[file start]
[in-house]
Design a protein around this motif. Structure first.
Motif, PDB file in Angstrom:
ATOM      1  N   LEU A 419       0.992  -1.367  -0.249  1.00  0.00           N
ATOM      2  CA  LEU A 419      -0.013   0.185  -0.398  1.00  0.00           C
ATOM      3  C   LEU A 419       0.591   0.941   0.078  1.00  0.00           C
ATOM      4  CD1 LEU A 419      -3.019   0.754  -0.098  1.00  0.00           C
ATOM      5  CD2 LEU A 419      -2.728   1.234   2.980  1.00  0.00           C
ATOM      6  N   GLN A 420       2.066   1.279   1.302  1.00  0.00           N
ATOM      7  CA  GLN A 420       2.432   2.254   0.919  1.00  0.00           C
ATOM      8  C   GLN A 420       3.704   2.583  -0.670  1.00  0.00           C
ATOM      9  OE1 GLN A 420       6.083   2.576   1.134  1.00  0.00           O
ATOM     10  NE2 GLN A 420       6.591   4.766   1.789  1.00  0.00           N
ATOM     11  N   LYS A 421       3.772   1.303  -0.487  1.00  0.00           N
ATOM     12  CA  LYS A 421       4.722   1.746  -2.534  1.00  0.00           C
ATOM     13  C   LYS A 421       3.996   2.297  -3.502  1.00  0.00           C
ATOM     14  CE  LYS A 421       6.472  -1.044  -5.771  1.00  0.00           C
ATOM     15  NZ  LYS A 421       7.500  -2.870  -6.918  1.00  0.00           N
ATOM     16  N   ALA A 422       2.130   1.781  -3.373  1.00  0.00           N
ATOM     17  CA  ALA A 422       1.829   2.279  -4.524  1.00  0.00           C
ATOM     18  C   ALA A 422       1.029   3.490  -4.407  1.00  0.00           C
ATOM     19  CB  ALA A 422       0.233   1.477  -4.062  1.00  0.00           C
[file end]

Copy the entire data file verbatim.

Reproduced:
[in-house]
Design a protein around this motif. Structure first.
Motif, PDB file in Angstrom:
ATOM      1  N   LEU A 419       0.992  -1.367  -0.249  1.00  0.00           N
ATOM      2  CA  LEU A 419      -0.013   0.185  -0.398  1.00  0.00           C
ATOM      3  C   LEU A 419       0.591   0.941   0.078  1.00  0.00           C
ATOM      4  CD1 LEU A 419      -3.019   0.754  -0.098  1.00  0.00           C
ATOM      5  CD2 LEU A 419      -2.728   1.234   2.980  1.00  0.00           C
ATOM      6  N   GLN A 420       2.066   1.279   1.302  1.00  0.00           N
ATOM      7  CA  GLN A 420       2.432   2.254   0.919  1.00  0.00           C
ATOM      8  C   GLN A 420       3.704   2.583  -0.670  1.00  0.00           C
ATOM      9  OE1 GLN A 420       6.083   2.576   1.134  1.00  0.00           O
ATOM     10  NE2 GLN A 420       6.591   4.766   1.789  1.00  0.00           N
ATOM     11  N   LYS A 421       3.772   1.303  -0.487  1.00  0.00           N
ATOM     12  CA  LYS A 421       4.722   1.746  -2.534  1.00  0.00           C
ATOM     13  C   LYS A 421       3.996   2.297  -3.502  1.00  0.00           C
ATOM     14  CE  LYS A 421       6.472  -1.044  -5.771  1.00  0.00           C
ATOM     15  NZ  LYS A 421       7.500  -2.870  -6.918  1.00  0.00           N
ATOM     16  N   ALA A 422       2.130   1.781  -3.373  1.00  0.00           N
ATOM     17  CA  ALA A 422       1.829   2.279  -4.524  1.00  0.00           C
ATOM     18  C   ALA A 422       1.029   3.490  -4.407  1.00  0.00           C
ATOM     19  CB  ALA A 422       0.233   1.477  -4.062  1.00  0.00           C